It’s an exciting time of year for Ecomuseum zoo keeper Nicola Fleming — the black bears have finally awoken from their winter hibernation.
Fleming has come to rely on the prediction of spring based on the bears’ behaviour, rather than those groundhogs everyone else often looks to.
“Spring is here — the bears are never wrong,” Fleming said. “Bears always know what they’re talking about.”
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Fleming has been the bears’ keeper ever since they arrived at the zoo four years ago.
Juno is an orphan found in Manitoba who was unable to care for herself, and Genie was born in captivity in another zoo.
The bears’ origins are reflected in their personalities, especially Juno’s.
“She’s got lots of energy — she’s the adventurer; she’s always the one that starts the playing between the two of them,” Fleming said. “Genie is a little bit more laid-back.”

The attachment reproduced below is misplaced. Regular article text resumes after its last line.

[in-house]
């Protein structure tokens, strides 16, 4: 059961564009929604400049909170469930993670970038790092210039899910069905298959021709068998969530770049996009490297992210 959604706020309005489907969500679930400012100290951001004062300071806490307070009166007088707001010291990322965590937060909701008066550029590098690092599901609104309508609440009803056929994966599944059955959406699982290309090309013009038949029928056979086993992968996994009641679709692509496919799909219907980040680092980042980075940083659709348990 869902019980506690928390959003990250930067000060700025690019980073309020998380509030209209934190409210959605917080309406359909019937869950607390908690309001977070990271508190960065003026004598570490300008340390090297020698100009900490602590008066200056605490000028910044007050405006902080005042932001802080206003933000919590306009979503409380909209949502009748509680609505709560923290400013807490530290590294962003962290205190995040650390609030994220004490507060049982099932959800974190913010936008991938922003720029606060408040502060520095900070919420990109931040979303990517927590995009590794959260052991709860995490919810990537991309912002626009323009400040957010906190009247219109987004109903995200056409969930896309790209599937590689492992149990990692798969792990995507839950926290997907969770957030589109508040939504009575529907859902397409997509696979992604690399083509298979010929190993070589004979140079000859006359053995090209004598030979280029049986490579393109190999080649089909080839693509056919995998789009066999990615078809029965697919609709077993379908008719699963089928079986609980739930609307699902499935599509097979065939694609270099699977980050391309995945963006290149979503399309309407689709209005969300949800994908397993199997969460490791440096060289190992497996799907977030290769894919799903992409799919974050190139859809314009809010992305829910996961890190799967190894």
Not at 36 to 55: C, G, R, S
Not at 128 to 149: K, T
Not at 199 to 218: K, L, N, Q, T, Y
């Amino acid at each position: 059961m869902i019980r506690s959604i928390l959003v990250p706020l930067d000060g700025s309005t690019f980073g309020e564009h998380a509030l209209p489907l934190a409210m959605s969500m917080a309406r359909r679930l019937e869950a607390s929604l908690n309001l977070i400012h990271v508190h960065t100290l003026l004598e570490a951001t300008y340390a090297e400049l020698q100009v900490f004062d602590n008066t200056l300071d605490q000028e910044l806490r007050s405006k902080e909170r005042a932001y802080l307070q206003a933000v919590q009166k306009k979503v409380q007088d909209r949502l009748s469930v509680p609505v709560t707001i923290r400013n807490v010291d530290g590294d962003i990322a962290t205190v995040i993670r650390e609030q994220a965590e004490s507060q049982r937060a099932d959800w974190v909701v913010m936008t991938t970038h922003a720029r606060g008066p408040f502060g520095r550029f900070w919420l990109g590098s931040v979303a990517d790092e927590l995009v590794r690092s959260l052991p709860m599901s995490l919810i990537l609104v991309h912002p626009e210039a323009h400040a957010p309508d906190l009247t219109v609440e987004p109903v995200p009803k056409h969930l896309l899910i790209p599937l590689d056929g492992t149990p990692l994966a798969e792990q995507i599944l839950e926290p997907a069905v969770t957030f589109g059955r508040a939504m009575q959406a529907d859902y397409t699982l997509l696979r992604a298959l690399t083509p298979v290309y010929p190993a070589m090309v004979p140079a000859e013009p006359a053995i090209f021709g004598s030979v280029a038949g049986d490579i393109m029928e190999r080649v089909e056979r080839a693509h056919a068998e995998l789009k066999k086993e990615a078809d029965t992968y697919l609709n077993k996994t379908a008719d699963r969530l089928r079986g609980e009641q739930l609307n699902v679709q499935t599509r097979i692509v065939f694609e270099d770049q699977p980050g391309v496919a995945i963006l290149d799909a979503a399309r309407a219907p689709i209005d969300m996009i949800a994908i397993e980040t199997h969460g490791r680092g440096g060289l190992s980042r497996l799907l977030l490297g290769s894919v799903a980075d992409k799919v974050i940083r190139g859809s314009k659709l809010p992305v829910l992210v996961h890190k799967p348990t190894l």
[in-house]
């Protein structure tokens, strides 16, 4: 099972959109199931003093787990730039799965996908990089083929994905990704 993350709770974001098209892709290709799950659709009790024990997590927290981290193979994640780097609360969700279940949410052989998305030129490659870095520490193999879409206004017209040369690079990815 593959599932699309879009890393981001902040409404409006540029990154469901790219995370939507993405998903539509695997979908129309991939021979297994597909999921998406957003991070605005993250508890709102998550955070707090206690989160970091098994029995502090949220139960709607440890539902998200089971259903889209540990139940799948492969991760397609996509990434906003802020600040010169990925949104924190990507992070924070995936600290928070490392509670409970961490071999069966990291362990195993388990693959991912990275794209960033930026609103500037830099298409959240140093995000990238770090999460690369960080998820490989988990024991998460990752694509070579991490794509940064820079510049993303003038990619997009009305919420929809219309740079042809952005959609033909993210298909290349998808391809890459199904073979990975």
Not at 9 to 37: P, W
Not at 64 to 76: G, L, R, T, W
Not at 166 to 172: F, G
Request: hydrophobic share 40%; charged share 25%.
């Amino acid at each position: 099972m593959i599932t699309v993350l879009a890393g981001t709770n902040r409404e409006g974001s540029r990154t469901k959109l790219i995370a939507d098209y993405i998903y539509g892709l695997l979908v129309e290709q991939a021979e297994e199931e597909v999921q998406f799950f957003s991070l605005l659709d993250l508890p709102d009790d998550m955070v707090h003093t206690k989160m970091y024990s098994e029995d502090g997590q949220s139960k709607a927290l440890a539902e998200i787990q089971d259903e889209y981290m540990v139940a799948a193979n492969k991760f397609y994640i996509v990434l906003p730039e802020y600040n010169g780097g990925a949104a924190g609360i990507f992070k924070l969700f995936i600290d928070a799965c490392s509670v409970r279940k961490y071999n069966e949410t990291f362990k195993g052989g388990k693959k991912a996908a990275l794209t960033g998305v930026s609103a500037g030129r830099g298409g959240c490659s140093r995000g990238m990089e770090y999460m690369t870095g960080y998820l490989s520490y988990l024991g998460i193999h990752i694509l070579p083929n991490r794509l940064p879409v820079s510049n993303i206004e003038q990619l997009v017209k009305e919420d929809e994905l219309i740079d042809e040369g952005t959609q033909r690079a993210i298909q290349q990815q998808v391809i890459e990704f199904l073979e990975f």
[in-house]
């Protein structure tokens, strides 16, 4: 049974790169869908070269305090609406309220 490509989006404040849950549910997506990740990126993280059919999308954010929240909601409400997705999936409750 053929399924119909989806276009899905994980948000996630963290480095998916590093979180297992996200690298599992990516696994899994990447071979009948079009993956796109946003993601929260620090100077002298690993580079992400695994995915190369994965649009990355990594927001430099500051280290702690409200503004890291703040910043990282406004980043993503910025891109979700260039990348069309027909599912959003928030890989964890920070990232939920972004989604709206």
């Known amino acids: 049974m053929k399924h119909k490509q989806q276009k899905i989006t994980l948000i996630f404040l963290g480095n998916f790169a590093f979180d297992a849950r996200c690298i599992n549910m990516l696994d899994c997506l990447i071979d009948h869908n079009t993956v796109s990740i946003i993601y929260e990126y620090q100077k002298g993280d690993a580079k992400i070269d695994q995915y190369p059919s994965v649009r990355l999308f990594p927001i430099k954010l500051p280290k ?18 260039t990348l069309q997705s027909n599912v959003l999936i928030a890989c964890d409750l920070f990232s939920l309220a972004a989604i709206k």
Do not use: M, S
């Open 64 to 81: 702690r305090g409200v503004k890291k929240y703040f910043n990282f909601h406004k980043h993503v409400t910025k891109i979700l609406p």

Keeping the bears and other animals in captivity is an expensive endeavour, especially given how larger animals like Juno and Genie are fed up to 20 litres of food per day.
That’s why for the Ecomuseum Zoo has undertaken a fundraising campaign for the past four years.
The zoo’s executive director, David Rodrigue, has been humbled by the generosity shown by charitable foundations and private citizens alike.
“We have raised close to $6 million in the last four years, which we’ve completely reinvested back into our infrastructure,” Rodrigue said.
The investments include a $1.4 million upgrade for the sea otters’ area, which will increase the aquatic animals’ quality of life.
According to Rodrigue, nearly 60 percent of the zoo has been renovated and Ecomuseum will continue fundraising to complete the ongoing improvements.